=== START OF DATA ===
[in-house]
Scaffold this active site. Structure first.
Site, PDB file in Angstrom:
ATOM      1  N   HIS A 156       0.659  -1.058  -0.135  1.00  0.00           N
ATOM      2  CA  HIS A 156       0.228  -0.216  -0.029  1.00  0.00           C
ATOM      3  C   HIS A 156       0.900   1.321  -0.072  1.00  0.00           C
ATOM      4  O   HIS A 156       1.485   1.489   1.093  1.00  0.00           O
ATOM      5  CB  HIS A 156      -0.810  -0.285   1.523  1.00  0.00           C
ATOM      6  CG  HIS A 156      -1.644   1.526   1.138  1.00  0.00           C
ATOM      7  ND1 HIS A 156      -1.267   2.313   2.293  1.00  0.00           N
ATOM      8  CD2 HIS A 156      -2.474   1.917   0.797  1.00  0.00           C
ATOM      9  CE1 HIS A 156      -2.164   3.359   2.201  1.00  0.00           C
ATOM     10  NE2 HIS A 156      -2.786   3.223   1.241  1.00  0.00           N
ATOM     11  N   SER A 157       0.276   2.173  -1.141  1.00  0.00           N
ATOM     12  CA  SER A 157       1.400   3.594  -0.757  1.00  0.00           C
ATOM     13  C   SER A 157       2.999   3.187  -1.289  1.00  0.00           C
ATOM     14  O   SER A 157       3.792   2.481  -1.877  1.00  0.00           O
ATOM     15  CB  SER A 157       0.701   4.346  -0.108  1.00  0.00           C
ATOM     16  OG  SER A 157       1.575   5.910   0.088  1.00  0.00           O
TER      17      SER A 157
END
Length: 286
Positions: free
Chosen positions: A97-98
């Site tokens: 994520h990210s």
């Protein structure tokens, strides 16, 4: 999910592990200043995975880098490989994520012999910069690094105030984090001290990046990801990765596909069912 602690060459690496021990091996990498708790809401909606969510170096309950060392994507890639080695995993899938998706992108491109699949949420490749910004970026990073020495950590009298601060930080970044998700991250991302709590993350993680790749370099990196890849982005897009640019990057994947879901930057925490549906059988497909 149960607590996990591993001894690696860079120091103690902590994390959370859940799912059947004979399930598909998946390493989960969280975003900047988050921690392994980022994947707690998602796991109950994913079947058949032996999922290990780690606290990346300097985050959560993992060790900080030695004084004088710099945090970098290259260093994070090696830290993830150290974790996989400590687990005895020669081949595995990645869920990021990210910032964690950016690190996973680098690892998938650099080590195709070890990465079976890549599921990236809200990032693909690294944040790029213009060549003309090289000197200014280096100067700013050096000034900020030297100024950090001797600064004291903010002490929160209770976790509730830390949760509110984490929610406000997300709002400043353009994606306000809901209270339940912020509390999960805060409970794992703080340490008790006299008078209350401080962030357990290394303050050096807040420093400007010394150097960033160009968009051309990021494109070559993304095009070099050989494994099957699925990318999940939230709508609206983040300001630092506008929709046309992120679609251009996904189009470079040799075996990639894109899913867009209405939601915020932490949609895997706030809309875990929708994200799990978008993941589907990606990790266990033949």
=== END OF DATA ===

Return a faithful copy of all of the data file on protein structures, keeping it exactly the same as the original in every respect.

[in-house]
Scaffold this active site. Structure first.
Site, PDB file in Angstrom:
ATOM      1  N   HIS A 156       0.659  -1.058  -0.135  1.00  0.00           N
ATOM      2  CA  HIS A 156       0.228  -0.216  -0.029  1.00  0.00           C
ATOM      3  C   HIS A 156       0.900   1.321  -0.072  1.00  0.00           C
ATOM      4  O   HIS A 156       1.485   1.489   1.093  1.00  0.00           O
ATOM      5  CB  HIS A 156      -0.810  -0.285   1.523  1.00  0.00           C
ATOM      6  CG  HIS A 156      -1.644   1.526   1.138  1.00  0.00           C
ATOM      7  ND1 HIS A 156      -1.267   2.313   2.293  1.00  0.00           N
ATOM      8  CD2 HIS A 156      -2.474   1.917   0.797  1.00  0.00           C
ATOM      9  CE1 HIS A 156      -2.164   3.359   2.201  1.00  0.00           C
ATOM     10  NE2 HIS A 156      -2.786   3.223   1.241  1.00  0.00           N
ATOM     11  N   SER A 157       0.276   2.173  -1.141  1.00  0.00           N
ATOM     12  CA  SER A 157       1.400   3.594  -0.757  1.00  0.00           C
ATOM     13  C   SER A 157       2.999   3.187  -1.289  1.00  0.00           C
ATOM     14  O   SER A 157       3.792   2.481  -1.877  1.00  0.00           O
ATOM     15  CB  SER A 157       0.701   4.346  -0.108  1.00  0.00           C
ATOM     16  OG  SER A 157       1.575   5.910   0.088  1.00  0.00           O
TER      17      SER A 157
END
Length: 286
Positions: free
Chosen positions: A97-98
């Site tokens: 994520h990210s």
């Protein structure tokens, strides 16, 4: 999910592990200043995975880098490989994520012999910069690094105030984090001290990046990801990765596909069912 602690060459690496021990091996990498708790809401909606969510170096309950060392994507890639080695995993899938998706992108491109699949949420490749910004970026990073020495950590009298601060930080970044998700991250991302709590993350993680790749370099990196890849982005897009640019990057994947879901930057925490549906059988497909 149960607590996990591993001894690696860079120091103690902590994390959370859940799912059947004979399930598909998946390493989960969280975003900047988050921690392994980022994947707690998602796991109950994913079947058949032996999922290990780690606290990346300097985050959560993992060790900080030695004084004088710099945090970098290259260093994070090696830290993830150290974790996989400590687990005895020669081949595995990645869920990021990210910032964690950016690190996973680098690892998938650099080590195709070890990465079976890549599921990236809200990032693909690294944040790029213009060549003309090289000197200014280096100067700013050096000034900020030297100024950090001797600064004291903010002490929160209770976790509730830390949760509110984490929610406000997300709002400043353009994606306000809901209270339940912020509390999960805060409970794992703080340490008790006299008078209350401080962030357990290394303050050096807040420093400007010394150097960033160009968009051309990021494109070559993304095009070099050989494994099957699925990318999940939230709508609206983040300001630092506008929709046309992120679609251009996904189009470079040799075996990639894109899913867009209405939601915020932490949609895997706030809309875990929708994200799990978008993941589907990606990790266990033949």